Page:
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Supporting student welfare COMMENT


How can student accommodation create spaces that help promote wellbeing, combat isolation and prioritise community? Neil Smith from Scape gives some answers


located further afield, a sense of belonging and community is vital to help them thrive in their studies during these all-important years. This is even more true in the current climate of the pandemic. The ‘Gen Z’ student population expect their accommodation spaces to work as hard for them as they are working towards their own future while at university. Internet reviews, social media influences and the authenticity of user generated content has revolutionised the understanding of what their accommodation should look and feel like. Today, students expect accommodation not only to provide a living space that looks good aesthetically, but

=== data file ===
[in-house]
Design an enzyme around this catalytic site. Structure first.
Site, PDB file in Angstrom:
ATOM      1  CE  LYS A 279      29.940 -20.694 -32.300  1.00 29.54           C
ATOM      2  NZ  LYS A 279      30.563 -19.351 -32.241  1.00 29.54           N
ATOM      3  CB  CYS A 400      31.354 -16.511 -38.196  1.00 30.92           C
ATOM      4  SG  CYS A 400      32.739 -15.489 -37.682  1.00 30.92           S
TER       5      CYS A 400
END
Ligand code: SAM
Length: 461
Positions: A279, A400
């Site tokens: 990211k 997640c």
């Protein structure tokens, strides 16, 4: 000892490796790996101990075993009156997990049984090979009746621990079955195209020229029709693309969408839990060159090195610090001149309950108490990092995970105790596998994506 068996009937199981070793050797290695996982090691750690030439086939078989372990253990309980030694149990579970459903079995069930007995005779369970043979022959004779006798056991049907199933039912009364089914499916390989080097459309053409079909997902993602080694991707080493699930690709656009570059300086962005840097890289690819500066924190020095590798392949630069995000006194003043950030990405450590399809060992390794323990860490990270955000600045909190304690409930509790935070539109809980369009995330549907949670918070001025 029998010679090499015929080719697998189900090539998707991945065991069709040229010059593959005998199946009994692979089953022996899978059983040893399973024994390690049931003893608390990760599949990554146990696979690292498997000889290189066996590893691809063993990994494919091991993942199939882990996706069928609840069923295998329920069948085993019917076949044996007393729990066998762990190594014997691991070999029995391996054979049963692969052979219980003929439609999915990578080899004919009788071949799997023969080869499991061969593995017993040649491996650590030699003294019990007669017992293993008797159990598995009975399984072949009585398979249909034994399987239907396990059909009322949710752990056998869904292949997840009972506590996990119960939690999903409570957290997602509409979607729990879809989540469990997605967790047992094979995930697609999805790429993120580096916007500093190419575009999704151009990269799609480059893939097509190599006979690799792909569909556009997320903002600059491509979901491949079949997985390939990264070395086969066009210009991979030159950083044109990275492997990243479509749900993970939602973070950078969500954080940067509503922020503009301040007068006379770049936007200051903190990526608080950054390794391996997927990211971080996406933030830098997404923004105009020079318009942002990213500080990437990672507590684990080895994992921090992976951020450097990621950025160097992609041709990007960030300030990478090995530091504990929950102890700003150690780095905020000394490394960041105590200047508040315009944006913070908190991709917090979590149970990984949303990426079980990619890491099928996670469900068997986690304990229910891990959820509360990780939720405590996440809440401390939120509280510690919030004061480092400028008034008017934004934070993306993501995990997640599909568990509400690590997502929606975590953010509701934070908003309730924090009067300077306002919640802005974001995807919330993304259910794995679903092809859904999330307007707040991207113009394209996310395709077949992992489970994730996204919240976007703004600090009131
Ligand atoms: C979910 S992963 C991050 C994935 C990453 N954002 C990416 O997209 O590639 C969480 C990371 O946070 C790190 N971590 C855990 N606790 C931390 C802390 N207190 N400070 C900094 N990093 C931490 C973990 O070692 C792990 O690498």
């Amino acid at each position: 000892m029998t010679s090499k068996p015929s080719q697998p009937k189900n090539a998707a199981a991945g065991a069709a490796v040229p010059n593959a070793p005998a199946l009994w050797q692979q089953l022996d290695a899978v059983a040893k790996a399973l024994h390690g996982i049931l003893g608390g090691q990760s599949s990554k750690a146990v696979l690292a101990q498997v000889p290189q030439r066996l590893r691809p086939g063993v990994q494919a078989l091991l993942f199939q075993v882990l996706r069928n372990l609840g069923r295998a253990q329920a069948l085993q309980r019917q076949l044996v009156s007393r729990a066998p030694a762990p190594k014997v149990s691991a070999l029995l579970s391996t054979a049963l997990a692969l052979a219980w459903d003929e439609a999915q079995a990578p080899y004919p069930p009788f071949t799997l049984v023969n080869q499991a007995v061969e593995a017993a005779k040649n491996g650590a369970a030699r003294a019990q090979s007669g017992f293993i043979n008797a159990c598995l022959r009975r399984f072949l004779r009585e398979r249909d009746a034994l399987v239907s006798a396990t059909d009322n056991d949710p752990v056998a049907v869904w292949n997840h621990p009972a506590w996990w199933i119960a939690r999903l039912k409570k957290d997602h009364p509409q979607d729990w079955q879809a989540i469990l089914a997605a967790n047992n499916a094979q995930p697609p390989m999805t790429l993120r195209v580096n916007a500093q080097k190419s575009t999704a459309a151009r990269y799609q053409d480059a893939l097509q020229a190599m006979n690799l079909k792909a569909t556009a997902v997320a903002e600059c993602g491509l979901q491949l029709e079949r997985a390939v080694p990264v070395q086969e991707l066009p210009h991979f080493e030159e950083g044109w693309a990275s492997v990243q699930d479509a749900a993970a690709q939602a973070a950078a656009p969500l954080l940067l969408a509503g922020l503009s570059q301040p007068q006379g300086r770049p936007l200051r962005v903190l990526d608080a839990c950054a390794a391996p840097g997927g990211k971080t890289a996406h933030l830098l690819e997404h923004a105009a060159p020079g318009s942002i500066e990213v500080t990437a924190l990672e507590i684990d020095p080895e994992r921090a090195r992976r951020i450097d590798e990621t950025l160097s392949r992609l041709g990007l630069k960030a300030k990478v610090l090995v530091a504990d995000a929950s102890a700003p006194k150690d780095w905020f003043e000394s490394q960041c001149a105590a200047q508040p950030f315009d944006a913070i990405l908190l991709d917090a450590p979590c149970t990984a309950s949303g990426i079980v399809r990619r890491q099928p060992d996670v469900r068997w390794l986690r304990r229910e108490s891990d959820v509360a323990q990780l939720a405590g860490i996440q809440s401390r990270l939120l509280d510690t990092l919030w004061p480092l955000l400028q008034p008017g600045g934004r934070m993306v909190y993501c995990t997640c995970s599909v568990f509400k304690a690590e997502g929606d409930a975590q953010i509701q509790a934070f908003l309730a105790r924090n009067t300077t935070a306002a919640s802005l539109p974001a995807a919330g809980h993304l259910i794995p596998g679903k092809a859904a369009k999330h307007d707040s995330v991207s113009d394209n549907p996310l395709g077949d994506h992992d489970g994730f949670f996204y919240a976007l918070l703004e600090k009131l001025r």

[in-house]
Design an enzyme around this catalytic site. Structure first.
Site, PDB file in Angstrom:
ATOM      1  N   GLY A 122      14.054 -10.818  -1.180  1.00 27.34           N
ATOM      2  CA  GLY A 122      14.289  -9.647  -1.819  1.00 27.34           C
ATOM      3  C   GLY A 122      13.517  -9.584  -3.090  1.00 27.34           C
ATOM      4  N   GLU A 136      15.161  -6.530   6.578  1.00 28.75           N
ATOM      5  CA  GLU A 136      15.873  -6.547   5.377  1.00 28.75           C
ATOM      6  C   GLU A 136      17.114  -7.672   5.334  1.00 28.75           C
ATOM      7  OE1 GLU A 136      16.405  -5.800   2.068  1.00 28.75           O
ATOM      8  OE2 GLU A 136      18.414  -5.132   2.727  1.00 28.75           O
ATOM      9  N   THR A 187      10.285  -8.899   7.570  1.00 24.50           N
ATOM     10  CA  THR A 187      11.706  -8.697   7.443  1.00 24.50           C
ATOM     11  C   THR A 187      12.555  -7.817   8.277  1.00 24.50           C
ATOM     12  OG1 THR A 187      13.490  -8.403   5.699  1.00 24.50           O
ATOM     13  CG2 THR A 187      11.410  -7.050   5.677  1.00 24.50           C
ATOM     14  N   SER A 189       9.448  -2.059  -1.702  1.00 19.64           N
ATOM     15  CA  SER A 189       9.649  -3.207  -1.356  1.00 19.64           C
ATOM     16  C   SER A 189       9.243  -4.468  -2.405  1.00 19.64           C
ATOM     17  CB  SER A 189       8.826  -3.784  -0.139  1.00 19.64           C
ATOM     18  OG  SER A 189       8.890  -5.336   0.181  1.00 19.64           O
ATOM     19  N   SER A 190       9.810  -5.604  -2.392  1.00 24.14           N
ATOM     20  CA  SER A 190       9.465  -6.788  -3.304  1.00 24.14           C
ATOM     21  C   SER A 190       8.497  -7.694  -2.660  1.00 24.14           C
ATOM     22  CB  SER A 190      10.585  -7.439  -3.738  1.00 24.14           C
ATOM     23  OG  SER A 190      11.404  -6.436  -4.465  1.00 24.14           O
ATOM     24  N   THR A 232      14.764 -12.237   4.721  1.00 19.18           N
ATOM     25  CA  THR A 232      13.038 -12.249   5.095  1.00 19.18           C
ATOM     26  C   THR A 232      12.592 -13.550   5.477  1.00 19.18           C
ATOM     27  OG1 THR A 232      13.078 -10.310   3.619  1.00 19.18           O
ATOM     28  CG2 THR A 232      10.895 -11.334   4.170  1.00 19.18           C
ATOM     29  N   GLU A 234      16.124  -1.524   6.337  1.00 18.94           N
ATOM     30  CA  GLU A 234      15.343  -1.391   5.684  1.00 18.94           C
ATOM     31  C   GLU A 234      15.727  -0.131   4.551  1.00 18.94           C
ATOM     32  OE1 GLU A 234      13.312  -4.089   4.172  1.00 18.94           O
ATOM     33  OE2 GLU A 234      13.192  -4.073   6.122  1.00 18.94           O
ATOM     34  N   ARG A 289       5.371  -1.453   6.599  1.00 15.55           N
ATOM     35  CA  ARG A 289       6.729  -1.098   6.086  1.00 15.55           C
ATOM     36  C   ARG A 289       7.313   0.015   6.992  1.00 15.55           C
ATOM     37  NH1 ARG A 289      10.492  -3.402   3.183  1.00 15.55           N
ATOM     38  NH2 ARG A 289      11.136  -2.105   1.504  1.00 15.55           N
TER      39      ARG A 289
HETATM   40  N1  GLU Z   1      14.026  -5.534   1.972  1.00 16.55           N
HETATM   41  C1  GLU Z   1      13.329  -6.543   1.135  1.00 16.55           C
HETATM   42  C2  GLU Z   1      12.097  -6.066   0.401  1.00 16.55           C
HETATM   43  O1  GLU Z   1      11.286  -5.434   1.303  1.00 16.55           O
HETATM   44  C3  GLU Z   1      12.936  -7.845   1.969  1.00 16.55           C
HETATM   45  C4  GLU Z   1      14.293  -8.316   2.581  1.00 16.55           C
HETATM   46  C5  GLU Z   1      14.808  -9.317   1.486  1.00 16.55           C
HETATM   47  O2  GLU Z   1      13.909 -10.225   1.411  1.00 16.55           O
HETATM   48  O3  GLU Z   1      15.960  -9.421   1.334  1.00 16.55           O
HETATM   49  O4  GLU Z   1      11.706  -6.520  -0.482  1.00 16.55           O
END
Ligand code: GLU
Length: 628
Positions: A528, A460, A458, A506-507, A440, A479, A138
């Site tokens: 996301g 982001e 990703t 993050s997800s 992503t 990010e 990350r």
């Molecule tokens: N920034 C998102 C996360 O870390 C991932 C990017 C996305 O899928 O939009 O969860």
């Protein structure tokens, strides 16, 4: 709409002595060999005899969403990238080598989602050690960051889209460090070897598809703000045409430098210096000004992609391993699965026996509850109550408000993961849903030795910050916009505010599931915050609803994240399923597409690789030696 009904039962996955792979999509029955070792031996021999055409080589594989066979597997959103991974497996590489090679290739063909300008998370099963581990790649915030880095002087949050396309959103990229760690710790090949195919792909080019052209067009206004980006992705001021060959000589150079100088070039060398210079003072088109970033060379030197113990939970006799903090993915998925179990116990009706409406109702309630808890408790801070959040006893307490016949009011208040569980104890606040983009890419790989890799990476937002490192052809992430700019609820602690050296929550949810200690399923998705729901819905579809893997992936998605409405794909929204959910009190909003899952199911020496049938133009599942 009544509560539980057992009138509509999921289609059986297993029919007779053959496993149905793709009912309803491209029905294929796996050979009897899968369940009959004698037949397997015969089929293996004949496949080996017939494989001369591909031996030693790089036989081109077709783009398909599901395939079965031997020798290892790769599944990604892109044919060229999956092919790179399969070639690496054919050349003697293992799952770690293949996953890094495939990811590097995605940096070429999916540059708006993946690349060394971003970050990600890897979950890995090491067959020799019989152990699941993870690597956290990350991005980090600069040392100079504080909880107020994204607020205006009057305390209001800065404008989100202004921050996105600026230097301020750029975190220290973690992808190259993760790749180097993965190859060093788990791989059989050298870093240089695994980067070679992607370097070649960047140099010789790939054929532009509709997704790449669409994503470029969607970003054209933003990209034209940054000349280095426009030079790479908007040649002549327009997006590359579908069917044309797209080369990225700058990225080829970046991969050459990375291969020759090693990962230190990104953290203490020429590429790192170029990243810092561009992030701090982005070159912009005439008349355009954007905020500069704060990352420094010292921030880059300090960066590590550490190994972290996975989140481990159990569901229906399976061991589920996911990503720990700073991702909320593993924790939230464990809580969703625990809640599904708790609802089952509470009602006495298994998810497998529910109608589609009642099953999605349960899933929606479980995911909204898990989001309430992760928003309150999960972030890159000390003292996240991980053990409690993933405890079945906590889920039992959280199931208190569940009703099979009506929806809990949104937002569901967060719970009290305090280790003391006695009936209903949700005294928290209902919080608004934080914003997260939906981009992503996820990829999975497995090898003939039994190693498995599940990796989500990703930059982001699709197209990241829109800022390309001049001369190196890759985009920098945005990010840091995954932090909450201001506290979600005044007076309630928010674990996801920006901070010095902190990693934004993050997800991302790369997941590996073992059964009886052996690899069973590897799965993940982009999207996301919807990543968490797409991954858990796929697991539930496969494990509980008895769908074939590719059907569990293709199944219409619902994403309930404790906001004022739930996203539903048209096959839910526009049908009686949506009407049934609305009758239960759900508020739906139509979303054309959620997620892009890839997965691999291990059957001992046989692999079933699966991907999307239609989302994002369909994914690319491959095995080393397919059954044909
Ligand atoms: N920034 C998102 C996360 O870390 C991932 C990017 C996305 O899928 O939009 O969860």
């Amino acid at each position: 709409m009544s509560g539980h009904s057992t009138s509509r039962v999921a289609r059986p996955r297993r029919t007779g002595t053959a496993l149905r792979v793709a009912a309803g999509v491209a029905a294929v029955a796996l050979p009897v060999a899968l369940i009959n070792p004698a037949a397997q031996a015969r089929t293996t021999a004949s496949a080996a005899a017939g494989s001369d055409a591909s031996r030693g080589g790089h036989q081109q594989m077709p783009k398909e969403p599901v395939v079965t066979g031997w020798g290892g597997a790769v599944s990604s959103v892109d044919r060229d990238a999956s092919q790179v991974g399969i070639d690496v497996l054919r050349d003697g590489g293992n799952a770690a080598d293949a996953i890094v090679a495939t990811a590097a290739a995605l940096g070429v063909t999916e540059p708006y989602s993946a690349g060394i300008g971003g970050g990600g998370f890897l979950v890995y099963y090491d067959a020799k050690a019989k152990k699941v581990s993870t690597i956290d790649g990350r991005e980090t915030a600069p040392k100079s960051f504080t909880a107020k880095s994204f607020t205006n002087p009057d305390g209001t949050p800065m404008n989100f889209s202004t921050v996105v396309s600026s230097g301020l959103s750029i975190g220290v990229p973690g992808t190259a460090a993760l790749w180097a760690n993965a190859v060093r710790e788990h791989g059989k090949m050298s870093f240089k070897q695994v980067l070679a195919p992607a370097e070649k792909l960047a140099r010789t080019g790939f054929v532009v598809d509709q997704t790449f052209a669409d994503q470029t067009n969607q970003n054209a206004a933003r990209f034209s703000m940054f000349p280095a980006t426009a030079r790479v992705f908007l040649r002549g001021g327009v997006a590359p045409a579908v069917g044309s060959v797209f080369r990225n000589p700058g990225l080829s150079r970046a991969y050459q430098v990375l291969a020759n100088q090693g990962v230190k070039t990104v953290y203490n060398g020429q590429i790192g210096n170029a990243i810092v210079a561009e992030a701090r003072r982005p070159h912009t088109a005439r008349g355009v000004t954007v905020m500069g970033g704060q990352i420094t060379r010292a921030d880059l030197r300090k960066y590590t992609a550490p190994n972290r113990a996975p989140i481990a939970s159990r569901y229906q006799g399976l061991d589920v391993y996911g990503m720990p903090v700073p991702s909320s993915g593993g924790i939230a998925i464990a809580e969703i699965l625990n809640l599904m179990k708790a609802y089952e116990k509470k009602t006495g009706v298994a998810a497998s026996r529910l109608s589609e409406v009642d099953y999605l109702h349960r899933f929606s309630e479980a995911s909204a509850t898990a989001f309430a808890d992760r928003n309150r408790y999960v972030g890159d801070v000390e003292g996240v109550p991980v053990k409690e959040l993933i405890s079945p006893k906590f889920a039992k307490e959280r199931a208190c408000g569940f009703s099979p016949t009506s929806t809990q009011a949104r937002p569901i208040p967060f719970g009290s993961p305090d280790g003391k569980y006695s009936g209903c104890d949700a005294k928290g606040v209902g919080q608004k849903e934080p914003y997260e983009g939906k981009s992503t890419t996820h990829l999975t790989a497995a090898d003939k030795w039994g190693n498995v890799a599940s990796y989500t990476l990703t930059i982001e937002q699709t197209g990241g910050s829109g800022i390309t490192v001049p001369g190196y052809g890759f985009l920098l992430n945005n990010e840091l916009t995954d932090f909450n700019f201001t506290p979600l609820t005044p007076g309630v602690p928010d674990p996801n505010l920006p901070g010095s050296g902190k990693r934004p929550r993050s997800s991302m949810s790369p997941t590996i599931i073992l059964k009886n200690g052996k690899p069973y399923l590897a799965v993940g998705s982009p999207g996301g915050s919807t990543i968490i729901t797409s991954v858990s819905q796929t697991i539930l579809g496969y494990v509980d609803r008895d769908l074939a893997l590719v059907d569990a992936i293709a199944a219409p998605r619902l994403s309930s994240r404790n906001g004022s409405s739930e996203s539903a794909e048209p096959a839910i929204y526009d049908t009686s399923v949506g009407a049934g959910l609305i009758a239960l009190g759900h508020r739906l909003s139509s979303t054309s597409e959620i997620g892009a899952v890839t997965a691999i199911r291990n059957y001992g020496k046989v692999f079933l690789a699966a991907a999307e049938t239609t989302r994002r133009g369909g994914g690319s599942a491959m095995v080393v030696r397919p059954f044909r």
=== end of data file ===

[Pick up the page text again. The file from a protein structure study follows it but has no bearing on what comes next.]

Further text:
A ADF NOVEMBER 2020


student’s experience can be substantially impacted by their choice in accommodation while at university. Whether students decide to stay close to campus, or prefer to be


also one that offers a sense of community, opportunities and a robust support system. We believe that building a sense of community and nurturing student wellbeing starts with design. Spaces need to function as facilitators for studying alongside social activity areas; incorporating important communal areas such as shared kitchens encourages residents to build a community, and lifelong connections. At Scape, our communal spaces follow a design philosophy that, above all else, offers comfort and practicality. For example, kitchens are a major hub of activity, with students from varying backgrounds sharing recipes, food and experiences. In communal study areas, desk spaces can be designed to reduce surrounding noise, providing students with an area they can escape


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